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Low water shrinking reservoirs during peak season

Low water shrinking reservoirs during peak season

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Boaters and other recreationists using Hebgen Lake were alerted by NorthWestern Energy on Monday that the reservoir will continue to drop as more water is being required to cool the Madison River as hot weather persists.

The Madison River is one of the most popular trout fishing streams in Montana.

“These low water years are especially challenging to meet all the needs of the various stakeholders on the Madison River system,” Jeremy Clotfelter, NorthWestern Energy director of Hydro Operations, said in a news release. “There simply is not enough water to go around.”

Fort Peck

The news comes about a week after the U.S. Army Corps of Engineers noted that Crooked Creek Campground on the west end of Fort Peck Reservoir will remain open although the water level in the bay has dropped to only a foot deep. The bay is where the Musselshell and Missouri rivers meet.

“Boaters should use extreme caution when launching or entering the bay,” the Corps warned in a news release.

The marina at Crooked Creek closed on July 11 due to the low water. The bottom of the boat ramp at the site ends at an elevation of 2,225 feet. The lake’s elevation has dropped to 2,232 feet.


Canyon Ferry Reservoir, one of the most popular on the Missouri, is 10 feet below full pool and quickly dropping as inflows are only 1,336 cubic feet per second while releases from the dam are 3,222 cfs.

At Wyoming’s Jackson Lake, the National Park Service warned boaters last week that the Colter Bay boat ramp was closing due to low water with impacts to Signal Mountain and Leek’s marinas by the end of August or early September.

“Park visitors with motorized boats should note that recreation opportunities will be increasingly limited in the park,” the Park Service announced.

The lake is being drawn down to meet downstream irrigation demands, meaning the Snake River is seeing higher than normal flows until September when significant declines are predicted.


The Montana reservoirs are low due to June runoff in the Upper Missouri River Basin, which includes the Madison River drainage, ending at only 52% of average this year — the 10th-driest year in the basin since 1898.

Water levels at Madison Arm Resort on Hebgen’s southeast shore are barely floating docks now, said manager Steve Clarkson.

“At this time it’s day to day and definitely not looking good,” he said.

Yvonne Douglas, manager at Kirkwood Marina at Hebgen’s northwest end, said water levels are 6.5 feet low. The water has dropped about three feet in the past month.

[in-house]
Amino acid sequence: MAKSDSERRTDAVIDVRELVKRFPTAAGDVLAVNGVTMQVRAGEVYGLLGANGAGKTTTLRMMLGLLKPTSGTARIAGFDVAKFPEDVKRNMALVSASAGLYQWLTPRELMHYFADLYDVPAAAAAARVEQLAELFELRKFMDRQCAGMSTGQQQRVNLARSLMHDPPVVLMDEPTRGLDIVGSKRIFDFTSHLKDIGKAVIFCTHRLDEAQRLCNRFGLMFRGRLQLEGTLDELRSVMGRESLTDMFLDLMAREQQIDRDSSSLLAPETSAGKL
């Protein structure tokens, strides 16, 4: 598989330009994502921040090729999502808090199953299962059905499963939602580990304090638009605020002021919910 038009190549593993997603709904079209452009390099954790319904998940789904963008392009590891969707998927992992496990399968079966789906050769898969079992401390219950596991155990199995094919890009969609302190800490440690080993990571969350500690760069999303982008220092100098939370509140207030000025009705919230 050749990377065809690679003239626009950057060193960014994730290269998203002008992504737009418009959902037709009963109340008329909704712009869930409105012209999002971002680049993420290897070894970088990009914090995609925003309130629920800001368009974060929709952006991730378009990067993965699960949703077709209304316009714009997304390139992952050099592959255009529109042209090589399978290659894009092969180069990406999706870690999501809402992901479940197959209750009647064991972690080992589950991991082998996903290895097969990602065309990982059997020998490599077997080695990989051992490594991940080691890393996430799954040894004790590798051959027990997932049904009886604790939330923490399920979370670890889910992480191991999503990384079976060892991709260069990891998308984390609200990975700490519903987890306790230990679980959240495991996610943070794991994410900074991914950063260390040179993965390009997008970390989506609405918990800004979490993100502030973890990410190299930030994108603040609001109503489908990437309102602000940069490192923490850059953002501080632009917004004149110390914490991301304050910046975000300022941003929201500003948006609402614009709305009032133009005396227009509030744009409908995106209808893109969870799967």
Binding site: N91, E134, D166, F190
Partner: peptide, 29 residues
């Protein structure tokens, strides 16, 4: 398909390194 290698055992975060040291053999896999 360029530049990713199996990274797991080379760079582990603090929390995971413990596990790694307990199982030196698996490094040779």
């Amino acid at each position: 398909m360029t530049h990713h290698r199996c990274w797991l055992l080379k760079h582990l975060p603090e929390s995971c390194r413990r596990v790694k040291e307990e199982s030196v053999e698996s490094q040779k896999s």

“We’re down to the lowest level I’ve seen since I’ve been here,” she said of the five years she has worked at the marina.

The lower water means the loss of some docks in a busy summer season that typically extends into September, she said. Luckily, the marina has a long boat launch.

“The biggest impact right now is to property owners and recreationists that use Hebgen,” said Jo Dee Black, of NorthWestern Energy. “Some of the concerns are that it may be more difficult to put your boat in. And some of the shallow areas you need to be cautious around.”


Whether the lower water levels in Hebgen could result in fewer pulsed releases into the Madison River, Black said that is unlikely, although she said this summer’s weather is similar to conditions in 2007 when the lake dropped 8.5 feet by Oct. 1. Luckily, the lake is a bit higher this year than in 2007. Cool water pulse releases typically end in mid-August, Black noted.

Temperatures of 70 degrees and higher are harmful to trout, sometimes lethal or causing stress that can lead to other infections or disease outbreaks. The Madison River near West Yellowstone, at the head of Hebgen Lake, was almost 70 degrees on Monday.

Thanks to the pulses of cold water from Hebgen, the Madison River downstream of the dam is seeing water temperatures ranging from 64 near Cameron to 71 degrees below Ennis Lake.

On July 21 fishing restrictions were extended to cover the entire Madison River, from the mouth to the boundary with Yellowstone National Park, prohibiting fishing from 2 p.m. until midnight. Last week Yellowstone Park also enacted similar restrictions on its trout streams. The regulations do not apply to lakes.

More information on fishing restrictions enacted on 16 Montana waterways can be found online at


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